ALS is a debilitating disease that currently has no cure. Several well-known people have been diagnosed with it over the years, including renowned scientist Stephen Hawking and San Francisco 49ers player Dwight Clark.
Amyotrophic lateral sclerosis (ALS) is a rare disease that damages the nerves, gradually destroying them over time. This relatively rare condition gained worldwide exposure following the ‘Ice Bucket Challenge‘ which went viral on social media back in 2014. Prior to this hugely popular social media trend, many people were unaware of ALS and what the disease involves.
In some cases, people first become aware of a seemingly rare medical condition when someone they know has been diagnosed with it. This doesn’t necessarily have to mean a friend or family member. Often it is a high profile celebrity whose diagnosis can result in more people becoming aware of a disease for the very first time.
This is certainly the case with ALS.
ALS is often referred to as Lou Gehrig’s Disease, named after the baseball player who was diagnosed with it in his late 30s. As you would imagine, the use of the term ‘Lou Gehrig’s Disease’ is much more widespread in the USA where he was a very high profile sports star. But this just goes to show how a famous person being diagnosed with a disease can drastically raise awareness of it.
Here we take a closer look at celebrities and other high profile public fiures who have had or currently have the disease, including Lou Gehrig himself.
It’s long been thought that Lou Gehrig was the first well-known celebrity to get ALS, which would make sense seeing as his name is now so closely associated with the condition. Famed for recovering and playing on after injury, Gehrig played baseball professionally for 17 years and participated in more than 2,000 consecutive games for the New York Yankees.
During the 1938 season, Gehrig began to notice changes in his performance and, by the start of the ’39 season, things were obviously not right with his physical condition. Following medical tests, it was shown that he had increasing paralysis and loss of function in his limbs. He played his last game in April 1930 and died at the age of 37 in 1941.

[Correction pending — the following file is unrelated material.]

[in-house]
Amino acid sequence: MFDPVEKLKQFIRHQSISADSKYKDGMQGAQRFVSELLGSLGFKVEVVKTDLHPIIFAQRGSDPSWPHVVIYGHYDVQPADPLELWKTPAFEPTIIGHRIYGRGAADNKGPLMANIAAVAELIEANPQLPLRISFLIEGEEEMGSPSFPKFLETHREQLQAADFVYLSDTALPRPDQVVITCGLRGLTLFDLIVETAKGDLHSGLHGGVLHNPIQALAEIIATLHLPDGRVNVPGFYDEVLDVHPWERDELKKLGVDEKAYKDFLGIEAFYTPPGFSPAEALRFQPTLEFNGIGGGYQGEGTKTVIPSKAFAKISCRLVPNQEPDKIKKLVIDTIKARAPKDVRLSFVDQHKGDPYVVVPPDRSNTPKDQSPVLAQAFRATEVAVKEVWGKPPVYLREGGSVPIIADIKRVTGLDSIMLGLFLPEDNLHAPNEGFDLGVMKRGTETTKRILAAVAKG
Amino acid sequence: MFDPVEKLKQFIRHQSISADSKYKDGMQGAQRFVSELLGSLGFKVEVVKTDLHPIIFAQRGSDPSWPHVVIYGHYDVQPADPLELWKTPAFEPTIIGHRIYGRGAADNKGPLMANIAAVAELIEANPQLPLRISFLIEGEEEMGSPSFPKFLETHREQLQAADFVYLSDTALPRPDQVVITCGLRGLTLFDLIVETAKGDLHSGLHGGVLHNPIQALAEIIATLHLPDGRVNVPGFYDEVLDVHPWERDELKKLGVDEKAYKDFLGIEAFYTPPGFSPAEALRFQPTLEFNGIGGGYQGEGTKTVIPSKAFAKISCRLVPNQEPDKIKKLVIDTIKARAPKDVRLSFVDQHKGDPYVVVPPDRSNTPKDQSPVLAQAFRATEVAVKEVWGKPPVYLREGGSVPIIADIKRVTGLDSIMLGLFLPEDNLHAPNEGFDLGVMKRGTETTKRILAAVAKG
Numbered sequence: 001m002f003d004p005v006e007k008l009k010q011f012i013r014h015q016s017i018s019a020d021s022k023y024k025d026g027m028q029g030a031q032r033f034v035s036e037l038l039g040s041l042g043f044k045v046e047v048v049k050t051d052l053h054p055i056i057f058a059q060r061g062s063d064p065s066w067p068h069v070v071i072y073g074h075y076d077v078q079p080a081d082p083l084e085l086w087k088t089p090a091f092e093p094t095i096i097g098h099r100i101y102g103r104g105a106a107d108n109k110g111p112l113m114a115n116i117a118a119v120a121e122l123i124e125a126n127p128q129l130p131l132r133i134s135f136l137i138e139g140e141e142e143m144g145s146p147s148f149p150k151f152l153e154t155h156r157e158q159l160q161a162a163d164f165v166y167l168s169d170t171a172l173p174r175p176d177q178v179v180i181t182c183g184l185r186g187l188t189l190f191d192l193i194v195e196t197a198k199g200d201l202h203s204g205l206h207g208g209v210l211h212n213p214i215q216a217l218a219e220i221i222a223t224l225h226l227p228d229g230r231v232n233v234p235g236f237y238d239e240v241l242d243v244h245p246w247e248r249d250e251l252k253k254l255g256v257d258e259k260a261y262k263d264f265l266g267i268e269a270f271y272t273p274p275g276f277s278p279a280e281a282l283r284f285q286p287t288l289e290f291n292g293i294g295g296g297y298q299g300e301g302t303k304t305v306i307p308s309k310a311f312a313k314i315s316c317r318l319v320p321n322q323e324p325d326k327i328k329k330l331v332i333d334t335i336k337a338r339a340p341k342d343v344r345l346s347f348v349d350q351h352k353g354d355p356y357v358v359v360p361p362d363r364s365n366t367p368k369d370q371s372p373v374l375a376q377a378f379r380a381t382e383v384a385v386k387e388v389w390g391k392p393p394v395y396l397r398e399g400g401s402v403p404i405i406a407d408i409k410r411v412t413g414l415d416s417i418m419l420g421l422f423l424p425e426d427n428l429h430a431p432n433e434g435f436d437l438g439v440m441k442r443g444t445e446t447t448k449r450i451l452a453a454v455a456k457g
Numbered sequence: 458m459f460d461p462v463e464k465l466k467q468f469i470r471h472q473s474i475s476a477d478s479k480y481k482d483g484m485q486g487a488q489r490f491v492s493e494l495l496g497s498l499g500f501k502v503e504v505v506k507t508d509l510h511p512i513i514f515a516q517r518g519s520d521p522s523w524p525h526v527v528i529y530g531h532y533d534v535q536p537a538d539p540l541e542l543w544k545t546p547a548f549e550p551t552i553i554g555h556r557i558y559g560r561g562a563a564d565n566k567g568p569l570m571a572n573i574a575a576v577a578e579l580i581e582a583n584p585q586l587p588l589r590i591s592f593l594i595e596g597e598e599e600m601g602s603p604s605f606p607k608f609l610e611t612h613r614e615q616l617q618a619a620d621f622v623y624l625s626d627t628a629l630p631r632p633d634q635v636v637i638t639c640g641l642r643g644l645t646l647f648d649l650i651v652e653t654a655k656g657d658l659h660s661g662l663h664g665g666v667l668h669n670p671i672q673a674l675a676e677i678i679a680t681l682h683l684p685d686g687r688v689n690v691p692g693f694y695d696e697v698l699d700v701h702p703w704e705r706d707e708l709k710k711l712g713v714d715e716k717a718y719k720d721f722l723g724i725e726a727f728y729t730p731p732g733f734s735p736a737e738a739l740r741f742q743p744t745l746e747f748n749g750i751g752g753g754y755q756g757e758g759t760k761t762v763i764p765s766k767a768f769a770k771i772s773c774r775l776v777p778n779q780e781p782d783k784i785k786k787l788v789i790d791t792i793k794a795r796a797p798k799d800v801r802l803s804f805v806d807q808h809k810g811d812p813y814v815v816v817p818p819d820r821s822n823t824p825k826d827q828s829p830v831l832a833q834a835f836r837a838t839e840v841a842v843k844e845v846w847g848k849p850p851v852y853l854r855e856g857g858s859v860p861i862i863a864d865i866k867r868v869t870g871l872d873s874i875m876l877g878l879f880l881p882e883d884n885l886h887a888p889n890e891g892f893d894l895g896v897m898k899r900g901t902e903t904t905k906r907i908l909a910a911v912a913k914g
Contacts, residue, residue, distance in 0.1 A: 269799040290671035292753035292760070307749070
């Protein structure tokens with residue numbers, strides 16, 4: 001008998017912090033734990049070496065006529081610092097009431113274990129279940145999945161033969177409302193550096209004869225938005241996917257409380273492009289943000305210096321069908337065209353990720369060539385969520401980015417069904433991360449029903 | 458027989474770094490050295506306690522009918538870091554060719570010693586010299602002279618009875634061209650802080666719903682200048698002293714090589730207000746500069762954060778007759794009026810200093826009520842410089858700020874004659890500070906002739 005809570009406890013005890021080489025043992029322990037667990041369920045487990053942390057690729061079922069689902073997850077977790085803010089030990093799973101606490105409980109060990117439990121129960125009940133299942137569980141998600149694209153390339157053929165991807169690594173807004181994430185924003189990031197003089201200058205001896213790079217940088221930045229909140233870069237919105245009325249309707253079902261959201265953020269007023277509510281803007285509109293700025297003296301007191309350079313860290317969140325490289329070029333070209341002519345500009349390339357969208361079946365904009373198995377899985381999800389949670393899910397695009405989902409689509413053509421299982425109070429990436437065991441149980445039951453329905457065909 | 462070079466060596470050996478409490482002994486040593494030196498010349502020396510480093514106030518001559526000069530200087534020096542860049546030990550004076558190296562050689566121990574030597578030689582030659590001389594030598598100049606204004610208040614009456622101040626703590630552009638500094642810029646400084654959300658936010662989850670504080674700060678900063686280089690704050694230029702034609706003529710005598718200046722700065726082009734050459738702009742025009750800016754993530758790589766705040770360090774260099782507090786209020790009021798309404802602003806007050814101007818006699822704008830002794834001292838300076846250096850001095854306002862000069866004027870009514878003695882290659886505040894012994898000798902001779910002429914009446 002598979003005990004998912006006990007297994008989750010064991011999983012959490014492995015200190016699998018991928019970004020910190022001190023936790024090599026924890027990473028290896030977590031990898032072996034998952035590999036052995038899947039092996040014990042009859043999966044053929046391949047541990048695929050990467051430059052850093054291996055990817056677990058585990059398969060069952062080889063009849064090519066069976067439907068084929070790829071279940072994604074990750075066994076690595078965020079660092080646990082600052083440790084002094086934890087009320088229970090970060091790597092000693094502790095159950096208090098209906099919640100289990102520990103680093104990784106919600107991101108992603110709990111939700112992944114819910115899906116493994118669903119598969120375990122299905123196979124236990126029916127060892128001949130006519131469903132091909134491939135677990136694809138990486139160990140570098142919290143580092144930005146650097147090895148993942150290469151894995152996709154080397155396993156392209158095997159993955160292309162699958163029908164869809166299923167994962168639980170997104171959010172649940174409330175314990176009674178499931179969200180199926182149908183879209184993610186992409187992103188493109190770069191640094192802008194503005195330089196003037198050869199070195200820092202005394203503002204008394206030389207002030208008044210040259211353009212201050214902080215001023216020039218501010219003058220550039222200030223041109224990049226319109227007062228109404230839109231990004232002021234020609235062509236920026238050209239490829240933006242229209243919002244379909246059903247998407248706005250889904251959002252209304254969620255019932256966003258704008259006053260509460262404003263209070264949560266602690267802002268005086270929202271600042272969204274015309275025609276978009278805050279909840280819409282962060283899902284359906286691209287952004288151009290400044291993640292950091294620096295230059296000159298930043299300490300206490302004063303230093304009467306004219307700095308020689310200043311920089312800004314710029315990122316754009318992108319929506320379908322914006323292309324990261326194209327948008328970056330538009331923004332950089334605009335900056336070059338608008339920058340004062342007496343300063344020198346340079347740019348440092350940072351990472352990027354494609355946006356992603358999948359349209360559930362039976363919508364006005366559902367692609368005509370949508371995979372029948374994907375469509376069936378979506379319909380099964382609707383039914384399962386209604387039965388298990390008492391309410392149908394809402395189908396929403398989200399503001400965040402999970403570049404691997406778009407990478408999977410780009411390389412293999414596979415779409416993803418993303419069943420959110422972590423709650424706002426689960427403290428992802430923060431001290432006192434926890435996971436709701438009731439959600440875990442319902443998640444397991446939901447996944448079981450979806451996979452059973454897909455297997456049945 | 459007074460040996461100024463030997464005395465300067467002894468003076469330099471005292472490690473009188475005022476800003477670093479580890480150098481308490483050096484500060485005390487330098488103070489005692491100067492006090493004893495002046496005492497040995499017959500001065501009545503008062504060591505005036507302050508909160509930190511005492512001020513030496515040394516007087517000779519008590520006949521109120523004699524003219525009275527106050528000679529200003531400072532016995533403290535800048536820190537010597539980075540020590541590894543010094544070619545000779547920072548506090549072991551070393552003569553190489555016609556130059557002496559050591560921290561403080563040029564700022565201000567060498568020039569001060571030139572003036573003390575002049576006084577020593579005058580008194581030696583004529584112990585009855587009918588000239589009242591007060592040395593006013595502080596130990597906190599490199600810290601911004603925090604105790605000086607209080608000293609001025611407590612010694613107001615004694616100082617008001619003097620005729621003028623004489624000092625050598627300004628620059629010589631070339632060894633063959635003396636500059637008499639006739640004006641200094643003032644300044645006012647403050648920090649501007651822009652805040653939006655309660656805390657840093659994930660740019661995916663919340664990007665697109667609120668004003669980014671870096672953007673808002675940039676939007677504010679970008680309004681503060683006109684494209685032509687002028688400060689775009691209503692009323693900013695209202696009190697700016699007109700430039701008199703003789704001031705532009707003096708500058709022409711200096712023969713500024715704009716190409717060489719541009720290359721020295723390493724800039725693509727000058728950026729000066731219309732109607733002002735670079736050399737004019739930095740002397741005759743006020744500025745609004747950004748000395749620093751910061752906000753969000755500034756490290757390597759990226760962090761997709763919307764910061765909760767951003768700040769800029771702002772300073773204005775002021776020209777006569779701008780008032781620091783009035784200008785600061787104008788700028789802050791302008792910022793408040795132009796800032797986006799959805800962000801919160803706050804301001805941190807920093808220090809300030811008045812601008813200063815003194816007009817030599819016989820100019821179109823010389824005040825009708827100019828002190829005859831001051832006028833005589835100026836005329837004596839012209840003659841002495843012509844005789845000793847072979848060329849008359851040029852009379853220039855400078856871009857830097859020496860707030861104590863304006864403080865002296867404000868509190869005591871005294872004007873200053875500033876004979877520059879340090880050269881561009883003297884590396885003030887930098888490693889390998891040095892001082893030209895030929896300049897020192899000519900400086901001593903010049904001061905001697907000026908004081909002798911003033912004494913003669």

The Gehrig story demonstrates the extreme pace that ALS can affect an individual once it is diagnosed. Whilst this is certainly true for the majority of cases, there are exceptions, especially when the disease is discovered in younger adults.
Famed scientist, Stephen Hawking was in his early twenties when he was first diagnosed with ALS and, despite being confined to a wheelchair for the majority of his life, he lived to the age of 76. With the help of technology he was able to communicate effectively and continued to contribute to the scientific world right until the later stages of his life.
Ezzard Charles was a boxer nicknamed the Cincinnati Cobra who became world champion. He boxed in three categories, heavyweight, light heavyweight and middleweight. Financial issues meant that Charles felt he had to continue boxing for much longer that what would recommended these days and as a result, he lost 13 of his final 23 bouts.
Charles was diagnosed with ALS in 1968 when he began to have problems moving his legs. He became severely disabled and former opponents took part in fundraisers to provide for his healthcare. Charles died in 1975 at the age of 53, just seven years after he was initially diagnosed.
Dwight Clark played for the San Francisco 49ers and played for two teams that won the Super Bowl. In 2015, he began to have problems with weakness in his left hand and was eventually diagnosed with ALS. He was actually the fourth player for the club to have been diagnosed with the disease.
Clark died of the disease just three years later in 2018. This is unfortunately quite typical of ALS, where half of those with the disease die within three to five years of their diagnosis.
Chairman Mao is considered by many as a forefather of modern day China, although he certainly also has his critics. Born to a peasant family in 1893, he became the revered leader of the communist party which overtook the country and which finally created the People’s Republic of China.
Mao was diagnosed with ALS late in life after his gait became more unsure and he began to have trouble breathing. Whilst it was well-known that he had Parkinson’s Disease, it was kept secret for a long while that he also had ALS. Mao finally died of a heart attack in September of 1976 at the age of 82.
Tim Green is another American footballer who has been diagnosed with ALS. He retired in 1993 and became a television commentator and author. His condition is a slow-moving variety of ALS and since his diagnosis, Green has written about the disease and been involved in fundraising in the US.
Jon Stone is best known for helping to create the hit children’s television series Sesame Street. The author and director was diagnosed in his sixties and passed away from ALS at the age of 65 in 1997. Whilst some of the celebrities who have had ALS were involved in contact sports, others like Stone and scientist Stephen Hawking were not.
Gleason is another former professional football player who has been diagnosed with ALS. Since his diagnosis, Gleason has become an advocate for research and raising awareness of the disease. He is without doubt a positive example of how it’s possible to turn a challenging health problem into a situation which will help others who will be affected by similar experiences in the years to come.
Now confined to a wheelchair, Gleason continues to fight for the right of people with ALS to access affordable speech-generating devices.